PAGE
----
The dumbest thing, I've ever heard from FOSS folks: "Why don't you use open source licenses for your stuff. You can ask for a price there too!"

Yeah, but nobody wants to pay it, when the license, literally, requires me to share it for free.

It's the same with pico-8 games.
Technically you can sell them. Practically, very few people will buy your game, if any.
So, yes, you can sell your pico-8 and FOSS games.

But you don't want to do so.

Those games who have any success with this model, btw?

Those who left the FOSS and pico-8 bubbles and got customers from outside.

The answer is pretty simple. In those communities, asking for compensation of your work (aka. asking for a price) is seen as unethical.
And yes, that's a hyperbole, but it's really not far off the truth.

It's seen as tone deaf, when those communities are 100% about sharing things for free.

So my suggestion: Use a proprietary license

I'm telling you these things, coming from a FOSS background and making pico-8 games.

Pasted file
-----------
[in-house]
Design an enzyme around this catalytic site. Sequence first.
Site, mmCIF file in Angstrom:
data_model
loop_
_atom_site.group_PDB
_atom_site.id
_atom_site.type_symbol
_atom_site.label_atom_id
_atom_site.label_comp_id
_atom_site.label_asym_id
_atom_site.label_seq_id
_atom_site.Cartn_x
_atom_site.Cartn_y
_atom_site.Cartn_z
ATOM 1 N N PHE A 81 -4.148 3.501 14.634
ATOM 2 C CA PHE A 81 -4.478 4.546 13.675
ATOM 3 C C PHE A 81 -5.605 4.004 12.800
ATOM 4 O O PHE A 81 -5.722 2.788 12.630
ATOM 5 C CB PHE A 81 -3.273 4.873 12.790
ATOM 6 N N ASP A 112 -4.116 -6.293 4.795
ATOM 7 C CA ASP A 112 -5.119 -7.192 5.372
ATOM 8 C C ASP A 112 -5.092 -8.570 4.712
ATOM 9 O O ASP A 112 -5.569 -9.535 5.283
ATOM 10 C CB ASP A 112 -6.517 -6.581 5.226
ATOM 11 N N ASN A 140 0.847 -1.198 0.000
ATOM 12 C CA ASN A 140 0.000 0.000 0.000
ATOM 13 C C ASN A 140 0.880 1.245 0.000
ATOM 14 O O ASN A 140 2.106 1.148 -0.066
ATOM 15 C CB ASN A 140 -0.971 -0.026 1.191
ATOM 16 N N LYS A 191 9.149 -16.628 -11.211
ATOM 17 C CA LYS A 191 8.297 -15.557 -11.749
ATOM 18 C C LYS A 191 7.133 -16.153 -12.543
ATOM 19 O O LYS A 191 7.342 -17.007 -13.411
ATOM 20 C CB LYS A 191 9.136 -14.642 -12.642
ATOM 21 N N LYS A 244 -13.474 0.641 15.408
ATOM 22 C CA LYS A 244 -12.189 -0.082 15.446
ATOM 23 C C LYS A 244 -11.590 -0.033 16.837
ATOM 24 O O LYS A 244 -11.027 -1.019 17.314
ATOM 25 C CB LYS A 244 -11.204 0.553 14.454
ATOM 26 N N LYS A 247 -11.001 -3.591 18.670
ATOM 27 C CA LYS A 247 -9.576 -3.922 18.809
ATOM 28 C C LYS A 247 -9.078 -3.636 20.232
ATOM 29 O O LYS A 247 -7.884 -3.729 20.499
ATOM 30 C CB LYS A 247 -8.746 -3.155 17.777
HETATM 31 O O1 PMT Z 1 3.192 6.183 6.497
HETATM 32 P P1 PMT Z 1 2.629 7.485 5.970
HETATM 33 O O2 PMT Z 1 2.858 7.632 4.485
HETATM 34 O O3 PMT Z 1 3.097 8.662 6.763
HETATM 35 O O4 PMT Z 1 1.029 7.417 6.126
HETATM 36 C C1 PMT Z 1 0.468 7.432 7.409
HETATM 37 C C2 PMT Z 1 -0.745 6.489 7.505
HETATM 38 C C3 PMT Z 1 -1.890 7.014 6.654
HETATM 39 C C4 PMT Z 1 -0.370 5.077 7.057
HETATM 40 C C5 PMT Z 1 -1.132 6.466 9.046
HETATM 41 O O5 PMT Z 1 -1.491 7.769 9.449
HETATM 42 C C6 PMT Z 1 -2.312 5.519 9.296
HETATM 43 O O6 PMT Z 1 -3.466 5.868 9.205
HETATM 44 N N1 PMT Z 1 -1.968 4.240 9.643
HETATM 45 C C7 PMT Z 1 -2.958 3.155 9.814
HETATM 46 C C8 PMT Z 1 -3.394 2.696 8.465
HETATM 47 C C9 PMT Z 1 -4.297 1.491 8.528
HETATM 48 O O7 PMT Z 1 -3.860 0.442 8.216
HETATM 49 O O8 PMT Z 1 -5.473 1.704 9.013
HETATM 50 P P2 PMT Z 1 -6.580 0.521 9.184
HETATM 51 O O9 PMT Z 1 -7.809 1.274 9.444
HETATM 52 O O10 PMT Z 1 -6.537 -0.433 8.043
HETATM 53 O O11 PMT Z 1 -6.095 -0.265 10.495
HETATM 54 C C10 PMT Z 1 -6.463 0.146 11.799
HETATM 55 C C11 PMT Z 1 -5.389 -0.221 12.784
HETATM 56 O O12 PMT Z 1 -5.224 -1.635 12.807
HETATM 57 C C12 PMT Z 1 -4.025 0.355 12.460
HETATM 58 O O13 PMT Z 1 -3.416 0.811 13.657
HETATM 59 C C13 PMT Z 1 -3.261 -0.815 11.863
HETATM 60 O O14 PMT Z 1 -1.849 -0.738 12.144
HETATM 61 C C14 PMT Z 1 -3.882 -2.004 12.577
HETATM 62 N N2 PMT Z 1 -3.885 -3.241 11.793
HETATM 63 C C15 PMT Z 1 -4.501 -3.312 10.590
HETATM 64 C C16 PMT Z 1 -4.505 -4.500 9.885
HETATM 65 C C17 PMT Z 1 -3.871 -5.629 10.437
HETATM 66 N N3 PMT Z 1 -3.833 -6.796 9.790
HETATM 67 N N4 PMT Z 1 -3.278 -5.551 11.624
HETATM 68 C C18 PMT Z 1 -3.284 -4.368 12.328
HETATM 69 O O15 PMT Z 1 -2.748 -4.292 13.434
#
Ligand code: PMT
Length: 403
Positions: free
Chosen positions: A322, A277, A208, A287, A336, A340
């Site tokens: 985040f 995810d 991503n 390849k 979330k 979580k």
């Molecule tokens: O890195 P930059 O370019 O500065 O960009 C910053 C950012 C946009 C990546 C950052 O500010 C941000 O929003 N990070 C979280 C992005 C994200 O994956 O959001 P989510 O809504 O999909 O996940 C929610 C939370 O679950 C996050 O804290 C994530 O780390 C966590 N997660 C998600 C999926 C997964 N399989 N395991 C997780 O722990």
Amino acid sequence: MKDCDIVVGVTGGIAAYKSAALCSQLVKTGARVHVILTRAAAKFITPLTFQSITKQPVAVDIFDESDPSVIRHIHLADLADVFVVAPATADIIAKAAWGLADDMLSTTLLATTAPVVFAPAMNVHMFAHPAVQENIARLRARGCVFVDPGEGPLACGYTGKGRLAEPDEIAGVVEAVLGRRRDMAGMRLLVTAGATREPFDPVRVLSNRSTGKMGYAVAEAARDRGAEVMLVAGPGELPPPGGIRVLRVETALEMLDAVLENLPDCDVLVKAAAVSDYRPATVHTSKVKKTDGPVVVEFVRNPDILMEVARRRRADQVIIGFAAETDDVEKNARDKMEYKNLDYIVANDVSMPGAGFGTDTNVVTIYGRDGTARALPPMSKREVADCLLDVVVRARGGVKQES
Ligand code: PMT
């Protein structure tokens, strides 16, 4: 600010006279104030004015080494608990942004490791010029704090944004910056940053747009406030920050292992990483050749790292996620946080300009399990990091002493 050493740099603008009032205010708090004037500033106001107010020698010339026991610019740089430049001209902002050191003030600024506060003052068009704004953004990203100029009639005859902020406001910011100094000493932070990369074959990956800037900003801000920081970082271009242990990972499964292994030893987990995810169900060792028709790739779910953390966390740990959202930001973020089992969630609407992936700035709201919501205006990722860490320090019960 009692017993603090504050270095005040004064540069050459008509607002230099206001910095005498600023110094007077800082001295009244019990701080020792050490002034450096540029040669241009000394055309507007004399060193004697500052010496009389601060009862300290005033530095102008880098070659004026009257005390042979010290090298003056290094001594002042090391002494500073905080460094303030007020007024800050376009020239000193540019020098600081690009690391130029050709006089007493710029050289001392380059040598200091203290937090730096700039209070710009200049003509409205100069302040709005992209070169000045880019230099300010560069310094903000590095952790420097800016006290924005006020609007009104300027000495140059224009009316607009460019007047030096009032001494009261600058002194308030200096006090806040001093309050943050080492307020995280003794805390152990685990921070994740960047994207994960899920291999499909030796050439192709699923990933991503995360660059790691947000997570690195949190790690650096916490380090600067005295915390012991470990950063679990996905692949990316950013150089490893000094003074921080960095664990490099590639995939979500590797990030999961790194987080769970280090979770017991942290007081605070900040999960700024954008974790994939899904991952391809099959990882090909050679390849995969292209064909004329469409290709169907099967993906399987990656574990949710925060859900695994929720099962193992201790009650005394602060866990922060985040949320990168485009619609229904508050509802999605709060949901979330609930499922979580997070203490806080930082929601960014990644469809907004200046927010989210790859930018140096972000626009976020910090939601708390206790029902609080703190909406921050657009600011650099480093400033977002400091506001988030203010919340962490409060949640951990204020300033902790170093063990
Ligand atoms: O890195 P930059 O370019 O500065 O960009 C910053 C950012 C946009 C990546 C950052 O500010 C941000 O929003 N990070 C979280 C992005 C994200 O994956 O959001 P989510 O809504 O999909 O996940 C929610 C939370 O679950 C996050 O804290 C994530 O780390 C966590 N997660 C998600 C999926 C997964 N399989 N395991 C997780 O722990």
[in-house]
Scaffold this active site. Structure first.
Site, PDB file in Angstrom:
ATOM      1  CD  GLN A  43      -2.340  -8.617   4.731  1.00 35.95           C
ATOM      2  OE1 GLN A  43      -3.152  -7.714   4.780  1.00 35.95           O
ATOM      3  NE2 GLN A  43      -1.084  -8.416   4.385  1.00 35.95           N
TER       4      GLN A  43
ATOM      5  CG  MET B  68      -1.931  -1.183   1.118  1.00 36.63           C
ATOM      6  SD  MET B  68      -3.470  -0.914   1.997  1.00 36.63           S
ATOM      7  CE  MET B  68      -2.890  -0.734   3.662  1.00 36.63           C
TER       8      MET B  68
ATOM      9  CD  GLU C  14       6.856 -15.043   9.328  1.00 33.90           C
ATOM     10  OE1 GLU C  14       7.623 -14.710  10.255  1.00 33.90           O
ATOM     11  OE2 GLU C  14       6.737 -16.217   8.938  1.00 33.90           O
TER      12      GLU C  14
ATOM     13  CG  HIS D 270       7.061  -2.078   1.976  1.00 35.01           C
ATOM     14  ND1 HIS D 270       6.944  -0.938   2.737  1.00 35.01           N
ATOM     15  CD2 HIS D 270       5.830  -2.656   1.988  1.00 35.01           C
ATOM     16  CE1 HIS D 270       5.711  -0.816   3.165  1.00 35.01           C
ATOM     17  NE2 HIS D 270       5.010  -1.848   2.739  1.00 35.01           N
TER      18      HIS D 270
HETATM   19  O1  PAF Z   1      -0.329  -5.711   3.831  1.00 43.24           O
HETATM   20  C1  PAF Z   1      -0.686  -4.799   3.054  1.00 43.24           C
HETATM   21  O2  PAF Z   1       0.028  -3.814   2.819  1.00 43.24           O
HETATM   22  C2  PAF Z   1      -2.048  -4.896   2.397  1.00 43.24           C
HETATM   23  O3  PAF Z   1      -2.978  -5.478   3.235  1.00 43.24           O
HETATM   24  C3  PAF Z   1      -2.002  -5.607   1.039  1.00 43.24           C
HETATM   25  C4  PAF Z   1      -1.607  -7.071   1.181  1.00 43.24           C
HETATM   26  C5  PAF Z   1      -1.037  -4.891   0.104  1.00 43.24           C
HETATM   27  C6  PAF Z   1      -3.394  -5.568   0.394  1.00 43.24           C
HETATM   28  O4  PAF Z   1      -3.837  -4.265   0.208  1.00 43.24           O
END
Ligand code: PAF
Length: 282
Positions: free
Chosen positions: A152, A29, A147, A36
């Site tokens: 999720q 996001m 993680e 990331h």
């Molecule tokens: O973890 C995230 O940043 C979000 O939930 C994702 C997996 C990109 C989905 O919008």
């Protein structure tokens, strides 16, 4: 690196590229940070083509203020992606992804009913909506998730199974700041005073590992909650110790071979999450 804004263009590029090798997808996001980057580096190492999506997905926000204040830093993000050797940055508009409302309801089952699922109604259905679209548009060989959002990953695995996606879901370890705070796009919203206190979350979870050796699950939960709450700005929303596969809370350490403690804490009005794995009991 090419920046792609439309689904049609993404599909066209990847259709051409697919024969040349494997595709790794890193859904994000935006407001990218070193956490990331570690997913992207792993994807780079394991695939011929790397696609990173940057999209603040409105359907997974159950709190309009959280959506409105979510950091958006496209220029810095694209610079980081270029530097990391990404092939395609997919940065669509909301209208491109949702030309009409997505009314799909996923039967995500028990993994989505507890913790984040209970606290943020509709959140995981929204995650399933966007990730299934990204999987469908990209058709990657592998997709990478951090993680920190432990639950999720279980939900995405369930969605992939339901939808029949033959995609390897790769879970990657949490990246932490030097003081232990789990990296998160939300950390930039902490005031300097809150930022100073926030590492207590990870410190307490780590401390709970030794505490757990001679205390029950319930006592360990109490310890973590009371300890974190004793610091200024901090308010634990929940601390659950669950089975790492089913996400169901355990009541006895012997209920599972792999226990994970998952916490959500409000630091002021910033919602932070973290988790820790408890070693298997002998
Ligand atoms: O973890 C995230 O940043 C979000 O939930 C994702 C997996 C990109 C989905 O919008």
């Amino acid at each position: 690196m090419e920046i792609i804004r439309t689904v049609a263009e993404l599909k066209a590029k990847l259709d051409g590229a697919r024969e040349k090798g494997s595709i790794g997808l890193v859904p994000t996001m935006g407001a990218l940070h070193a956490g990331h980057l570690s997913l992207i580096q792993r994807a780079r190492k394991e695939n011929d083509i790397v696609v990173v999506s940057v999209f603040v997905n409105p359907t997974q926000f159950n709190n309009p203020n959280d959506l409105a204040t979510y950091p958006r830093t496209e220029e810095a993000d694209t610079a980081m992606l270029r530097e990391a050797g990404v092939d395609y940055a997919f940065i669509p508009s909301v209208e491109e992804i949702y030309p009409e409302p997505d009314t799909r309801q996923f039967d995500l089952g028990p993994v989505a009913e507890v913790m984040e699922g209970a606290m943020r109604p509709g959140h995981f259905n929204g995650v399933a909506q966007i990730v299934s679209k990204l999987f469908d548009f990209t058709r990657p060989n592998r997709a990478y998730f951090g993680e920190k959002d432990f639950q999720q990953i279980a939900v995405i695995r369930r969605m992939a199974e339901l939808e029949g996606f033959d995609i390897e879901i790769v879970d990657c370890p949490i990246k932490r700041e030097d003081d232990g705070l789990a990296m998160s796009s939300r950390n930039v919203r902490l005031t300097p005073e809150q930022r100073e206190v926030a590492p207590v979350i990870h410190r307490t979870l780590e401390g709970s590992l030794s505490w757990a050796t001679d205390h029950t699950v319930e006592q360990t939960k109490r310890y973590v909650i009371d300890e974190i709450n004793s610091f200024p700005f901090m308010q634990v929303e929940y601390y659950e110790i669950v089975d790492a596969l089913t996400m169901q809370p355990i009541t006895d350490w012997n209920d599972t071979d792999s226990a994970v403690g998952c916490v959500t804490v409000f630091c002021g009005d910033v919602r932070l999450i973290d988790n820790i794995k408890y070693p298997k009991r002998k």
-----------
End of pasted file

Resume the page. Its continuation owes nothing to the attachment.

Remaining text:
I have experience with both and making "regular" games. And the community, you are posting into, matters the most.

Pico-8 and FOSS are not good ones. Heck, even I'd say is not the best (but the best we've got)

Steam might be better, because people are more used to paying for things, but the massive $100 hurdle and 30% cut is very discouraging.

Btw. itch takes 10% by default and you say what it gets.


Just saying for itch, the cut can be between 0% and 100% of every transaction and YOU choose which.
SO you can keep everything for yourself (though, I'd suggest to share 10%, which is a third of most other platforms)

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Anyway, how to be successful?

It depends! You need a community or else nothing will go.

What do I mean by "community"? Well not the regular stuff of mutual aid, but more you need fans. You need people excited about your game!

How do you get people excited? Well, lots of things. Sharing art of it and having it about kinks worked well for me. But it heavily depends about what you want to do.

But let people know what you're doing. Otherwise they won't get excited about your work.

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